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Mol Cell Biol. 2004 Sep;24(17):7435-43.

Disruption of the SH2-B gene causes age-dependent insulin resistance and glucose intolerance.

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  • 1Department of Molecular and Integrative Physiology, University of Michigan Medical School, Ann Arbor, MI 48109-0622, USA.

Abstract

Insulin regulates glucose homeostasis by binding and activating the insulin receptor, and defects in insulin responses (insulin resistance) induce type 2 diabetes. SH2-B, an Src homology 2 (SH2) and pleckstrin homology domain-containing adaptor protein, binds via its SH2 domain to insulin receptor in response to insulin; however, its physiological role remains unclear. Here we show that SH2-B was expressed in the liver, skeletal muscle, and fat. Systemic deletion of SH2-B impaired insulin receptor activation and signaling in the liver, skeletal muscle, and fat, including tyrosine phosphorylation of insulin receptor substrate 1 (IRS1) and IRS2 and activation of the phosphatidylinositol 3-kinase/Akt and the Erk1/2 pathways. Consequently, SH2-B-/- knockout mice developed age-dependent hyperinsulinemia, hyperglycemia, and glucose intolerance. Moreover, SH2-B directly enhanced autophosphorylation of insulin receptor and tyrosine phosphorylation of IRS1 and IRS2 in an SH2 domain-dependent manner in cultured cells. Our data suggest that SH2-B is a physiological enhancer of insulin receptor activation and is required for maintaining normal insulin sensitivity and glucose homeostasis during aging.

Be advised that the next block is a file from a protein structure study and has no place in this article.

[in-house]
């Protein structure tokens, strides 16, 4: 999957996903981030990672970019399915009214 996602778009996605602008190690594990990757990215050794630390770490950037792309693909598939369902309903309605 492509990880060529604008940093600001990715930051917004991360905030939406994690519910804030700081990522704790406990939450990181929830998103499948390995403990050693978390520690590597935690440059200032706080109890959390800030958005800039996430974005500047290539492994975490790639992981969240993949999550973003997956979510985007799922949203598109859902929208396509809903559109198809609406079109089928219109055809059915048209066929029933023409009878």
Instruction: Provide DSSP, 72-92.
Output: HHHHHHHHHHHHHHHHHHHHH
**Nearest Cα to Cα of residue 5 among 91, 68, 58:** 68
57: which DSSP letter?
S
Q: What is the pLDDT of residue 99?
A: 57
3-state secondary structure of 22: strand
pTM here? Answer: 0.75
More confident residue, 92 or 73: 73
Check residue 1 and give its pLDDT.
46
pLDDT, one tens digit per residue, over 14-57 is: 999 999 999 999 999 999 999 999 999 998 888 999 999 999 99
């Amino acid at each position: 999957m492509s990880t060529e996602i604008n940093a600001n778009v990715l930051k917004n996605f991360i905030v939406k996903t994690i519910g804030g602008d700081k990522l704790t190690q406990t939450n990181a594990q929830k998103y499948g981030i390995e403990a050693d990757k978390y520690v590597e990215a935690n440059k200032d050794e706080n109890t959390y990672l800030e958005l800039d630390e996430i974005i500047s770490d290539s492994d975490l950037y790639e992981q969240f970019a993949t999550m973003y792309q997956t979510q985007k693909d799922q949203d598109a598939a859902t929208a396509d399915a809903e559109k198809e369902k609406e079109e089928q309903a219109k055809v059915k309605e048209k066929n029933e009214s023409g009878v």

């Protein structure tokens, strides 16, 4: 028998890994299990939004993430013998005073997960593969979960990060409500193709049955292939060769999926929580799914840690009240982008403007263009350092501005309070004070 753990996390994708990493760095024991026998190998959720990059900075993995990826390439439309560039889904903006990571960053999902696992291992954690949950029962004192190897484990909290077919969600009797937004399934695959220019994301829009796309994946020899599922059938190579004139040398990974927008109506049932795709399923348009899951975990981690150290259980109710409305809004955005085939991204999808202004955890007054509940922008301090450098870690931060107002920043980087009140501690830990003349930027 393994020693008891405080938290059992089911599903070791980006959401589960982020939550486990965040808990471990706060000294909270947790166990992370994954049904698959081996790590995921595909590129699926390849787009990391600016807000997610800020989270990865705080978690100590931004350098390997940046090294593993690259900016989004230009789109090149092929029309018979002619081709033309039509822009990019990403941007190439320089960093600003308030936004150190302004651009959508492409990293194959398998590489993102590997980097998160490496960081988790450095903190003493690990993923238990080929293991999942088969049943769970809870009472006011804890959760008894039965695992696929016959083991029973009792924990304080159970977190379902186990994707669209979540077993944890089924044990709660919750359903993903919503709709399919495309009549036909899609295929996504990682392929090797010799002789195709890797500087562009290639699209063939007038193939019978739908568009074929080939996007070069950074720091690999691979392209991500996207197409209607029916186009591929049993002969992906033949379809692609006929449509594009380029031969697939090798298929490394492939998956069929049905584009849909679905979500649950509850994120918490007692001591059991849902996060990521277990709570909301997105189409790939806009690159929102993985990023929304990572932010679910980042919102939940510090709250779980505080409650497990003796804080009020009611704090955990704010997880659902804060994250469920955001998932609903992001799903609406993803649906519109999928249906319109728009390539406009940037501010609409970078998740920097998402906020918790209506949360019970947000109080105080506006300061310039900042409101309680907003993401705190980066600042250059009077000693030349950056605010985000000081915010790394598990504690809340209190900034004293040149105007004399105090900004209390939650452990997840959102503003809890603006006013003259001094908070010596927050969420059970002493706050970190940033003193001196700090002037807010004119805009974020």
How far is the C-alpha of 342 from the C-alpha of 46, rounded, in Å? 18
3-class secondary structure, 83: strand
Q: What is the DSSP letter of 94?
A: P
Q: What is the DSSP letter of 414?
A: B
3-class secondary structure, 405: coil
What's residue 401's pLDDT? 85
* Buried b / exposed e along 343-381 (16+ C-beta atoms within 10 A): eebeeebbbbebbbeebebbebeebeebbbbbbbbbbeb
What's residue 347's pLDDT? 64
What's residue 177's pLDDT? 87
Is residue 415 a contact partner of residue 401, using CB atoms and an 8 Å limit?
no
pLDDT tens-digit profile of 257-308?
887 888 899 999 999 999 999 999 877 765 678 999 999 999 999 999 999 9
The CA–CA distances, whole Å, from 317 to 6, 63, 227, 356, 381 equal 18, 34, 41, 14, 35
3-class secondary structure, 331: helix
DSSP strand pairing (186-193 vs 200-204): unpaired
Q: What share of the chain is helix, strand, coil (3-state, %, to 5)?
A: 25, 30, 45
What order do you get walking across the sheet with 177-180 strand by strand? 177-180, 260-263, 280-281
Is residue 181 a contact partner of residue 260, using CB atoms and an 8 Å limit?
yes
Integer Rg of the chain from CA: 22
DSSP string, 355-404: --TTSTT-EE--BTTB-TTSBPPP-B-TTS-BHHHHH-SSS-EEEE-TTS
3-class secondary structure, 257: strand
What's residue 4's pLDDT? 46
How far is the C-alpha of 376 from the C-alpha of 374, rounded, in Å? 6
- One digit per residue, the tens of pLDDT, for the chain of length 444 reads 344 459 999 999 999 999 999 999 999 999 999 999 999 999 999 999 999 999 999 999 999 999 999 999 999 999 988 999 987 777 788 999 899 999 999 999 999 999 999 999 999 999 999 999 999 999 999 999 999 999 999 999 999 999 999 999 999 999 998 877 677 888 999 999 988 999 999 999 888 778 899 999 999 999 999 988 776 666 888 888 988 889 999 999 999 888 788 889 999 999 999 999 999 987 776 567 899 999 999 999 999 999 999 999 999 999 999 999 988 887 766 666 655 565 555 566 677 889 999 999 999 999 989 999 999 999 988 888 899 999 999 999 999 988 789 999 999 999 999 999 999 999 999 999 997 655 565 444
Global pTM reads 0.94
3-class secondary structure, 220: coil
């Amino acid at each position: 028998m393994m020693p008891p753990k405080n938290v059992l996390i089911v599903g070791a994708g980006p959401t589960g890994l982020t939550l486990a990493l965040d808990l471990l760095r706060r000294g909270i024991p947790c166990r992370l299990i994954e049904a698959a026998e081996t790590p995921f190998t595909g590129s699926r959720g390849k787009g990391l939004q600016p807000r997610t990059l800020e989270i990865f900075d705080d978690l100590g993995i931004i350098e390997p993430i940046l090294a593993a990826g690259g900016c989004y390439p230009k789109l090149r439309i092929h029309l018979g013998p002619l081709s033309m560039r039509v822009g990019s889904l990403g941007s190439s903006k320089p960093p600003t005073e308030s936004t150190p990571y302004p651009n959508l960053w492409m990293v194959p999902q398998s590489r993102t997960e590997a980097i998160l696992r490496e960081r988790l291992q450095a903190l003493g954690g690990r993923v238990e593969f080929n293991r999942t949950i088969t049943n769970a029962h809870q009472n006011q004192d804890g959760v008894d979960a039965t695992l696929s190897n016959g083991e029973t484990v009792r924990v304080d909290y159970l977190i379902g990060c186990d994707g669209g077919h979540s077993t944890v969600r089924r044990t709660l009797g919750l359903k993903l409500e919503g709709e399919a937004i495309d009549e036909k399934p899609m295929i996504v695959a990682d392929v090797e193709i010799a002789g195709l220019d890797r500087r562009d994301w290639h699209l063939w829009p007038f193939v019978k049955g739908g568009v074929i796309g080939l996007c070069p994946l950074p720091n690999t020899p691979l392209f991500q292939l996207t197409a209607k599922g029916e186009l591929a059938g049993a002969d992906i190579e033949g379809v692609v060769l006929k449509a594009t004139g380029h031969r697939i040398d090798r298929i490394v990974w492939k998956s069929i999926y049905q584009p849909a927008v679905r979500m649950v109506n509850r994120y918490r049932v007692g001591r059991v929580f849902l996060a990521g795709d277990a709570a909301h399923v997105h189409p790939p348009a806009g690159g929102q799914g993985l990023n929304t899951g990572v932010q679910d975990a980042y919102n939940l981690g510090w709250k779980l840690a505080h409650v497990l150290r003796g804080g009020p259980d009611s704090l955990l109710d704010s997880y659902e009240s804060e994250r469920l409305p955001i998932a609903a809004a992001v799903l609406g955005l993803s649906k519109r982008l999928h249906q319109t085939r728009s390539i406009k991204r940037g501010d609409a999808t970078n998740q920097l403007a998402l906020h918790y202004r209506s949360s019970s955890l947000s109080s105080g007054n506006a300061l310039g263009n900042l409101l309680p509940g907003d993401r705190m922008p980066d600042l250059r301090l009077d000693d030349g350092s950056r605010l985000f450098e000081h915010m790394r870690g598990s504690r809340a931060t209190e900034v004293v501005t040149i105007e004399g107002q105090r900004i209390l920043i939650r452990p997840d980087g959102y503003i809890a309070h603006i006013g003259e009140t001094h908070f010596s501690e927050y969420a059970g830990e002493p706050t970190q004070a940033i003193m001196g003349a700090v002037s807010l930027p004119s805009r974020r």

Copyright 2004 American Society for Microbiology

PMID:
15314154
[PubMed - indexed for MEDLINE]
PMCID:
PMC506995
Free PMC Article

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